Enclosed I send you a copy of a conciliatory bill which I moved in Parliament on the 27th of the last month.1 You will perceive by the tenor of it that it is drawn up in very general terms, containing a general power to treat, with something like a sketch of a line of negotiation. As the bill was not accepted by the Ministers in this Country, I have nothing further to say relating to it. As to my own private Sentiments and endeavours, they allways have been and ever will be devoted to the restoration of peace, upon honorable terms.2I shall be always ready, and most desirous to conspire in any measures which may lead to that end.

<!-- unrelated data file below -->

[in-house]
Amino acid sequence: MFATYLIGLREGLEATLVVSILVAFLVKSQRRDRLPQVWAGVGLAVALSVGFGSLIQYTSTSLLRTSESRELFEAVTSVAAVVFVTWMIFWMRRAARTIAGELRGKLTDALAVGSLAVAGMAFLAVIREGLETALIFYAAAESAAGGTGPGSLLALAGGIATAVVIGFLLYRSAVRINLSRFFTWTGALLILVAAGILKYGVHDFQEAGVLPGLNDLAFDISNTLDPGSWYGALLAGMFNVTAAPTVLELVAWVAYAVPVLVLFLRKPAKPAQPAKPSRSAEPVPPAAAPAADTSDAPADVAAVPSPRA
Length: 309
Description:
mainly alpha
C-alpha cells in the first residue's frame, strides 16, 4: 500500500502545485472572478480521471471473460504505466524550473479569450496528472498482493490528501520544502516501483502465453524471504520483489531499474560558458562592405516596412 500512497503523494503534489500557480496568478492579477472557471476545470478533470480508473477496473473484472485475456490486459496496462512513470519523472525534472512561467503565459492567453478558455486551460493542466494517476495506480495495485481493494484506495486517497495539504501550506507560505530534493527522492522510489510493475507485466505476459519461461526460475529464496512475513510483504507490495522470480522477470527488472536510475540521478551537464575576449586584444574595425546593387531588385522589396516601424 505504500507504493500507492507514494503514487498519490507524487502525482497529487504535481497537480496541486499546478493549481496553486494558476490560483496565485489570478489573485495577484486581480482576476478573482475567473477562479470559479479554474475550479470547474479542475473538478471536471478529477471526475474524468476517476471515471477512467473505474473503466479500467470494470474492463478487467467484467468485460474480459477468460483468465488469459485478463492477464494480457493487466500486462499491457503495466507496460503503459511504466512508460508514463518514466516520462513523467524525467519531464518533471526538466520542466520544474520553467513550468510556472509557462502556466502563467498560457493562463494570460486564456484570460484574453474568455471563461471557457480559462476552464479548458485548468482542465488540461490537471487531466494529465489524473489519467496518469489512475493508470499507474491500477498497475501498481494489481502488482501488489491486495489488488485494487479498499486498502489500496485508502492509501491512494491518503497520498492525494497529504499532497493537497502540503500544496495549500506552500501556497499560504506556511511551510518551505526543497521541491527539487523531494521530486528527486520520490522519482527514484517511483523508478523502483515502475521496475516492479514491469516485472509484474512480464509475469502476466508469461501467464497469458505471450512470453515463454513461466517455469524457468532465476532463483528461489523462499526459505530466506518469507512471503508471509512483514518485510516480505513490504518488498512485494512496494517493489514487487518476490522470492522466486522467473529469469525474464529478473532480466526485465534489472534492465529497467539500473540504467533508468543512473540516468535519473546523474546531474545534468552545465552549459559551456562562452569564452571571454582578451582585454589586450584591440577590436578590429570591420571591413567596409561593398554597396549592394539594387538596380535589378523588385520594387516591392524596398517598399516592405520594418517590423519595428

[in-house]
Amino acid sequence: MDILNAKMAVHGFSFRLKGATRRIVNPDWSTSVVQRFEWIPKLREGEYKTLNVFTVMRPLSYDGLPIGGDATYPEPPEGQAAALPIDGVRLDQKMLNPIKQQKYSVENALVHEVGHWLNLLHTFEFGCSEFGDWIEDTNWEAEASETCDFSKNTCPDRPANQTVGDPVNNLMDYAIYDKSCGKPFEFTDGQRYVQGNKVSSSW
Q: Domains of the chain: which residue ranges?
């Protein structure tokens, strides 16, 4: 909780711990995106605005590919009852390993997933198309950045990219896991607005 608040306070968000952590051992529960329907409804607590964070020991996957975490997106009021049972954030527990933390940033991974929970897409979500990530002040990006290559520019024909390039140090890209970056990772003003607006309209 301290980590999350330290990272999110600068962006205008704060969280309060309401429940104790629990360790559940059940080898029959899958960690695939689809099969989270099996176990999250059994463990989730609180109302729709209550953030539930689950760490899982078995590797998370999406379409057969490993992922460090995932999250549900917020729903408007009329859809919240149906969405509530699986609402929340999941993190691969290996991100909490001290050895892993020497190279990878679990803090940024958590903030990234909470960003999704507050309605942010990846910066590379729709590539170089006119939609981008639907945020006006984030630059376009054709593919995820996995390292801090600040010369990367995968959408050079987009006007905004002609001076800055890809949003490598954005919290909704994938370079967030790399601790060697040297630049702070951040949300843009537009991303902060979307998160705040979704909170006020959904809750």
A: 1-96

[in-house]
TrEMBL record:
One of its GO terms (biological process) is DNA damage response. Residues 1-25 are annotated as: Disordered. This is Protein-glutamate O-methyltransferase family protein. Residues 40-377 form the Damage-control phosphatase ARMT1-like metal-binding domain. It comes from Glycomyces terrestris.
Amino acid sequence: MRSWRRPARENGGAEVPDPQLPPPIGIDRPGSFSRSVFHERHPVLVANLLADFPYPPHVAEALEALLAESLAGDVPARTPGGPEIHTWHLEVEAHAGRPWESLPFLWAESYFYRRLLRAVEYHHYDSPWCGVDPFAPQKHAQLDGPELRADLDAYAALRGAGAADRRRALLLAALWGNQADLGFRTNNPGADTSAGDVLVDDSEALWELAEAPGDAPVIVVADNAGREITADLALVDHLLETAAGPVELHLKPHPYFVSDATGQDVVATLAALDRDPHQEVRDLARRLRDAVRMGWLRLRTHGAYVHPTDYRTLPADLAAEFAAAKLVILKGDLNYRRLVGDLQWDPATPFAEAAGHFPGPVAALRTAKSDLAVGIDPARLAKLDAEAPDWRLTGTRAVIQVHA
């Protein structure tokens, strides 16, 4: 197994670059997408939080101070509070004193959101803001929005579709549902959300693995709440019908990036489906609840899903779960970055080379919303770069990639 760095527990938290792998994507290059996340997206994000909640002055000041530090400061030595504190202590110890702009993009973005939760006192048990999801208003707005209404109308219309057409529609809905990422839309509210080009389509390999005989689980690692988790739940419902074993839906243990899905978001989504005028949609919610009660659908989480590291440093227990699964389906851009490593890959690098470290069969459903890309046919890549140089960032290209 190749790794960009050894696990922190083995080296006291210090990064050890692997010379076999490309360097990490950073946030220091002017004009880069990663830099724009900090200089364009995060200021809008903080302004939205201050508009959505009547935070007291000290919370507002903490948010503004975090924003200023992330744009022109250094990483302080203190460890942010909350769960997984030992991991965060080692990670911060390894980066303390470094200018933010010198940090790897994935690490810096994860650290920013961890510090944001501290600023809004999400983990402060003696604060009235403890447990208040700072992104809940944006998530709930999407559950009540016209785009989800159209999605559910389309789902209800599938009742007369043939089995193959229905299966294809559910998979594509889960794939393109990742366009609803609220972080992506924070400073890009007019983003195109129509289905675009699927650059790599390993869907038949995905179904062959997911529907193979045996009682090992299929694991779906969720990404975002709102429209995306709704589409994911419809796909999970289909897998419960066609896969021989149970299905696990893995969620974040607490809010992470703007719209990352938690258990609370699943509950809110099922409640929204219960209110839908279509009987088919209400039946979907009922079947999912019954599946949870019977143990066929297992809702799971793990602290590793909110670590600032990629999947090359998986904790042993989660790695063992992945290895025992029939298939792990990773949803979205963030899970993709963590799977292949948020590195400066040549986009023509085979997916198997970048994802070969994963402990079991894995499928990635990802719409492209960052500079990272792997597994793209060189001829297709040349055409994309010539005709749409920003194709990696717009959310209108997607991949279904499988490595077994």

I am Dear Sir Your most obedt humble Servant
For the enclosed “Bill for Conciliation,” which was endorsed “Mr Hartleys Bill,” see the Descriptive List of Illustrations (above).
Although Hartley, who later served as one of the British peace negotiators, may have wanted a peace based on “honorable terms,” the bill that he offered on 27 June called for a settlement of the conflict short of independence. For JA's opinion of efforts at Anglo-American reconciliation in general and Hartley's initiatives in particular, see his second letter of 18 April to the president of Congress, No. 48, and note 1 (above).